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Statistical multicriteria evaluation of asteroid deflection methods

Thiry, Nicolas and Vasile, Massimiliano (2016) Statistical multicriteria evaluation of asteroid deflection methods. In: 67th International Astronautical Congress. Proceedings of the International Astronautical Congress, IAC . International Astronautical Federation (IAF), Paris.

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Abstract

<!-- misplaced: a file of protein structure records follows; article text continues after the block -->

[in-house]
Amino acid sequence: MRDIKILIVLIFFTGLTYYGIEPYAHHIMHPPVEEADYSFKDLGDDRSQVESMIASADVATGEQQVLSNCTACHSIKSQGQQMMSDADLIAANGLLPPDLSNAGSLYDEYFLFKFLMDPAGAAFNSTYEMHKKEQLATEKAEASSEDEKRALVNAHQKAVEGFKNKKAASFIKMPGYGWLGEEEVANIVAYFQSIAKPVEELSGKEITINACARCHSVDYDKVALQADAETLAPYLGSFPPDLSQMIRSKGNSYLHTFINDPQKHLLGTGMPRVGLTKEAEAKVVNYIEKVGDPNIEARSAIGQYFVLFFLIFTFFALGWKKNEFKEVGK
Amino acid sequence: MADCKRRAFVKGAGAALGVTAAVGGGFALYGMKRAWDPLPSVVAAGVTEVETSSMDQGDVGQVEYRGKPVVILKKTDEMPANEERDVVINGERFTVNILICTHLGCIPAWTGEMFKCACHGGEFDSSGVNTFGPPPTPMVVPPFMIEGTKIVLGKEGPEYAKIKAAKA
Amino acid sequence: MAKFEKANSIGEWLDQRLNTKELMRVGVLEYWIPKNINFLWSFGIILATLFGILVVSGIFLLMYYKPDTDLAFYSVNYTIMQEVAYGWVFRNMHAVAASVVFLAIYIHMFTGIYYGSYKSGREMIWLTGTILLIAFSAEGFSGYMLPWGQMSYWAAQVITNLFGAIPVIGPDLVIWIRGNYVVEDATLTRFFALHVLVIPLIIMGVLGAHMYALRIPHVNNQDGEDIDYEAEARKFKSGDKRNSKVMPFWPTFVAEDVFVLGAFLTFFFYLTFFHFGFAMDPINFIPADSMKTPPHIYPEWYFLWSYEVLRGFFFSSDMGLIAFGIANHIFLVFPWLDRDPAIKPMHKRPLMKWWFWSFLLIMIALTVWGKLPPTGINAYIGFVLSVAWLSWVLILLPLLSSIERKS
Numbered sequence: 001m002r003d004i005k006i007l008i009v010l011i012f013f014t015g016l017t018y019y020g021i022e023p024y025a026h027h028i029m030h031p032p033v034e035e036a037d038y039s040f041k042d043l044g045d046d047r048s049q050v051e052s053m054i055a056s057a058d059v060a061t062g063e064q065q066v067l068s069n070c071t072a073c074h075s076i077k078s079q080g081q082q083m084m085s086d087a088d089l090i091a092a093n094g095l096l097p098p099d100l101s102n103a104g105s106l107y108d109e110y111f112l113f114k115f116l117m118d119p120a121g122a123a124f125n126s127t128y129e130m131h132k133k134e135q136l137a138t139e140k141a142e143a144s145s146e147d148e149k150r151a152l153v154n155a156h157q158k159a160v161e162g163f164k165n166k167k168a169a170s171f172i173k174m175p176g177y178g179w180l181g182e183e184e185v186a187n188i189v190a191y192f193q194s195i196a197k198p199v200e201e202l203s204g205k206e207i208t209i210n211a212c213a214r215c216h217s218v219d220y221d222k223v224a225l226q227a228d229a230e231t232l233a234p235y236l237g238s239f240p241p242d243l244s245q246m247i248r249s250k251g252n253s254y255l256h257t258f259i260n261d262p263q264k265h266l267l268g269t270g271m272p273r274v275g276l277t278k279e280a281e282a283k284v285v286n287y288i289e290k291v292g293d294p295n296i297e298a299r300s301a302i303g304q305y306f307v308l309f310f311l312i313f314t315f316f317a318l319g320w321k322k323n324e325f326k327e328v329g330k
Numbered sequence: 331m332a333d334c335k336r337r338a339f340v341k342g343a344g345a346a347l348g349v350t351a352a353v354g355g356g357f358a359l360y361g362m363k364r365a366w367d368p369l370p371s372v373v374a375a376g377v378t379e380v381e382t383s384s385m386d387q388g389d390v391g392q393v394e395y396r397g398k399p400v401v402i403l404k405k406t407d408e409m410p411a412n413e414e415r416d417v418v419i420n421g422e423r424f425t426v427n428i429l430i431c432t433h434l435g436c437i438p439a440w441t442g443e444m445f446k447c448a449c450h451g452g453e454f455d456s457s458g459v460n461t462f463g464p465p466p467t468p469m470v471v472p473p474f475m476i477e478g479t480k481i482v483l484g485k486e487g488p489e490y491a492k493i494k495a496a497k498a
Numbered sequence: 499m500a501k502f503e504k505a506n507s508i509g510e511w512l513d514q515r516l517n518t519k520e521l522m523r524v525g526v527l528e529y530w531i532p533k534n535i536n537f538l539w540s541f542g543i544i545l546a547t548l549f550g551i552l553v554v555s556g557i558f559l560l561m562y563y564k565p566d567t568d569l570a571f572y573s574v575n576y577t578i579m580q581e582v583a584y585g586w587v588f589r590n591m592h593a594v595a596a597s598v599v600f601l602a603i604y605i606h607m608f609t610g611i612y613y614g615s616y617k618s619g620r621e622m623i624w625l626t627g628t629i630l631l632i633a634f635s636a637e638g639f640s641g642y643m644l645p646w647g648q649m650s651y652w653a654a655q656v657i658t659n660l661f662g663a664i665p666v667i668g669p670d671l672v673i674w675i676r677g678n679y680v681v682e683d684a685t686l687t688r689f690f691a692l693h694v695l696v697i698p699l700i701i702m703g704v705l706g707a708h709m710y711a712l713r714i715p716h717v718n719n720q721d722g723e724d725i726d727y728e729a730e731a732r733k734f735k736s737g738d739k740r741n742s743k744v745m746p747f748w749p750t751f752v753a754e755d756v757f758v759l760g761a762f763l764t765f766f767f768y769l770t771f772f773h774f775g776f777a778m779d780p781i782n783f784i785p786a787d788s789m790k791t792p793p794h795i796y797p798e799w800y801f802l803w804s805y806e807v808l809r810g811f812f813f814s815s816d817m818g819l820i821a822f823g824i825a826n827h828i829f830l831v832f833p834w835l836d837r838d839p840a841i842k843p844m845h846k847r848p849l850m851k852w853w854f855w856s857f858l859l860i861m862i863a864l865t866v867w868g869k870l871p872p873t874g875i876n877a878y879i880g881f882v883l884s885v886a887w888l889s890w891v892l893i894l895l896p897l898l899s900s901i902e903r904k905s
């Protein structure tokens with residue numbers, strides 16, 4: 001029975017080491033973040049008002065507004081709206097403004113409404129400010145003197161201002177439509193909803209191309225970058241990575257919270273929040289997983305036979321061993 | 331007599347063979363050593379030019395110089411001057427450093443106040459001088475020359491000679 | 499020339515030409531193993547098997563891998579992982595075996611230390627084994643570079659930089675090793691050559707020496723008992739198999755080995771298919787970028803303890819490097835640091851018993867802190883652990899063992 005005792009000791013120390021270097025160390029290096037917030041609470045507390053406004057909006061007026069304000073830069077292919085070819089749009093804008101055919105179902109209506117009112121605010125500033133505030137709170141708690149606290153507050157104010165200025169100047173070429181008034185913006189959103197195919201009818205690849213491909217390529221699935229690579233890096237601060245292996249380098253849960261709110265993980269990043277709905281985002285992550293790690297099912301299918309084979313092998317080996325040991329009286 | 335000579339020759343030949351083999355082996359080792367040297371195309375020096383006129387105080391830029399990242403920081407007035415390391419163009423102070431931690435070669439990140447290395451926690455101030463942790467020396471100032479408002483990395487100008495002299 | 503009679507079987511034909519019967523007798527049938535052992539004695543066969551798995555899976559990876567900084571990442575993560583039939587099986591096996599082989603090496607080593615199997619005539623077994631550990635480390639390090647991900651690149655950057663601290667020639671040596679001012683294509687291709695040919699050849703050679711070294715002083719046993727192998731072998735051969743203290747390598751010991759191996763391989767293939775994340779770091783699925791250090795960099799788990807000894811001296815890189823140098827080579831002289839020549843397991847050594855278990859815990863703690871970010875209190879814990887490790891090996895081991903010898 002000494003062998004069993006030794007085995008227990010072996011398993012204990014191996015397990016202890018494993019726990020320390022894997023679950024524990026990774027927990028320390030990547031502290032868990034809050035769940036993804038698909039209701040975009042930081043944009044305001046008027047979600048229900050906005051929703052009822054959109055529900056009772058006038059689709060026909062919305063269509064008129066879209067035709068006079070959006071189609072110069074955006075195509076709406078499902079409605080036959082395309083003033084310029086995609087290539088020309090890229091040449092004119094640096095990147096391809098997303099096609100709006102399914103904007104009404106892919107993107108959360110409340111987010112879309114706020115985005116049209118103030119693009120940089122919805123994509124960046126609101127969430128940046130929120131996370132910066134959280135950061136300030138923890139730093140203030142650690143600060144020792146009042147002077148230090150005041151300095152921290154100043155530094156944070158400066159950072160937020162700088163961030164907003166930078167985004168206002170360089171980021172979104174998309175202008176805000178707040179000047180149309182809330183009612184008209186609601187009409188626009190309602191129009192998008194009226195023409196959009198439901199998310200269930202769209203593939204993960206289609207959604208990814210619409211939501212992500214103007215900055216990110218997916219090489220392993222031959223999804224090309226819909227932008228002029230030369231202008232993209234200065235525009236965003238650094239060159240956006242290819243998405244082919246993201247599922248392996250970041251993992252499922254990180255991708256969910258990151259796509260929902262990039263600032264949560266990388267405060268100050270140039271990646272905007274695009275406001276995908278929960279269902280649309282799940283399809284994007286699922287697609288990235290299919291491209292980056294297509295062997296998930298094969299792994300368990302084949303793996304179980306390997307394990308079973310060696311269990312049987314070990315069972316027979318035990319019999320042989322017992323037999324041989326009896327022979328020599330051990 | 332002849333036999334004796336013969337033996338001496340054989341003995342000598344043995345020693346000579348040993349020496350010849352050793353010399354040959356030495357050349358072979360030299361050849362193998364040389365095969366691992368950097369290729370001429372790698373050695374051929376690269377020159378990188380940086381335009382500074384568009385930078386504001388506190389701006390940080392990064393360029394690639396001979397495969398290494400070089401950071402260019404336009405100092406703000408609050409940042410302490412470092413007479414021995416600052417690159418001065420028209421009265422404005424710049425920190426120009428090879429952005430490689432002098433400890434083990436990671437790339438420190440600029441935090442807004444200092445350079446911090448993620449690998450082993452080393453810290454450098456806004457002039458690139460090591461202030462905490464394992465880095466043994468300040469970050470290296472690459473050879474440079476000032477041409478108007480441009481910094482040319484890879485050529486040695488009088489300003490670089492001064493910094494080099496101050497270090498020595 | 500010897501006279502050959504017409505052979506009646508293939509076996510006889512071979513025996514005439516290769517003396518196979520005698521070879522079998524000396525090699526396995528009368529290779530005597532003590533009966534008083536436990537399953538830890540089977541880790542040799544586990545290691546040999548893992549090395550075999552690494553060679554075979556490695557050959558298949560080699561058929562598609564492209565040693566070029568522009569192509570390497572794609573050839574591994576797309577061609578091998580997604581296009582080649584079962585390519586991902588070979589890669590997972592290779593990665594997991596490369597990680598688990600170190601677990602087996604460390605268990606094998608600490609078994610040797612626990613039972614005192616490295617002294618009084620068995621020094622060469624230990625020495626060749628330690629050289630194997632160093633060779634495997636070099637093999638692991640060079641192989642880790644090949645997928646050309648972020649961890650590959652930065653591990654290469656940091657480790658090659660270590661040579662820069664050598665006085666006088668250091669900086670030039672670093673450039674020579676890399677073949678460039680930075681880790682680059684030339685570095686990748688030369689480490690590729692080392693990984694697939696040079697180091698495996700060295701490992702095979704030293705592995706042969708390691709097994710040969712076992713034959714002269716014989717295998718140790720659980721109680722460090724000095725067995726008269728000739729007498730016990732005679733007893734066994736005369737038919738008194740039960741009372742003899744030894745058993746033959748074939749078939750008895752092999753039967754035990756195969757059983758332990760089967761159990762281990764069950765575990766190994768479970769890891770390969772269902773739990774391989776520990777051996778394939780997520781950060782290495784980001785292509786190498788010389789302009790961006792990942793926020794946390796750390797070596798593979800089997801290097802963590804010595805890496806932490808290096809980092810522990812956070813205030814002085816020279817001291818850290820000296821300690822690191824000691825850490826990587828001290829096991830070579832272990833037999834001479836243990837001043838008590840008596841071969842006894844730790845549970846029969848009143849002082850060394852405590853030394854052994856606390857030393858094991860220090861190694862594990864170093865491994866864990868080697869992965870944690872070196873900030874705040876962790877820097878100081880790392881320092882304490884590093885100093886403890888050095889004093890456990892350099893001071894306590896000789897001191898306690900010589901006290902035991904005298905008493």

We assess in this paper 3 different deflection approaches for a wide range of virtual collision scenarios: the kinetic impactor is considered for the family of impulsive deflection methods whereas the family of slow-push methods is represented by the laser ablation and the ion beam shepherd techniques. A sample of 100 deflection scenarios was created from realistic distribution of PHA eccentricities, semi-major axis and inclination and, for each case, a virtual impactor scenario was formed by modifying the argument of perigee so that the virtual PHA crosses the ecliptic plane at a distance of 1AU. A fixed asteroid diameter of 156m and 212m are considered. A realistic model of each deflection method was integrated within a systematic approach to size the spacecraft and predict the achievable deflection for a given mission. The available mass to perform the deflection depends on the transfer strategy. For the case of the kinetic impactor, a direct injection using a multiple-revolution Lambert arc is considered. For the case of slow-push methods, a low-thrust transfer is retained in order to take advantage of the large electrical power available which would otherwise remain unused during the transfer phase. In all cases, the launch capability of Delta 4 Heavy - RS-68A upgrade version (10-tons at C3=0) is assumed. Finally, global optimization techniques are used to compare the methods with respect to 2 criteria: the minimum duration between the departure date and the time of virtual impact required to deflect the PHA by more than 2 Earth radii or the miss-distance achieved within a total duration of 10 years. Our results provide an interesting insight into the range of applicability of individual deflection methods and suggest the need to develop multiple methods in parallel for a global mitigation of possible threats.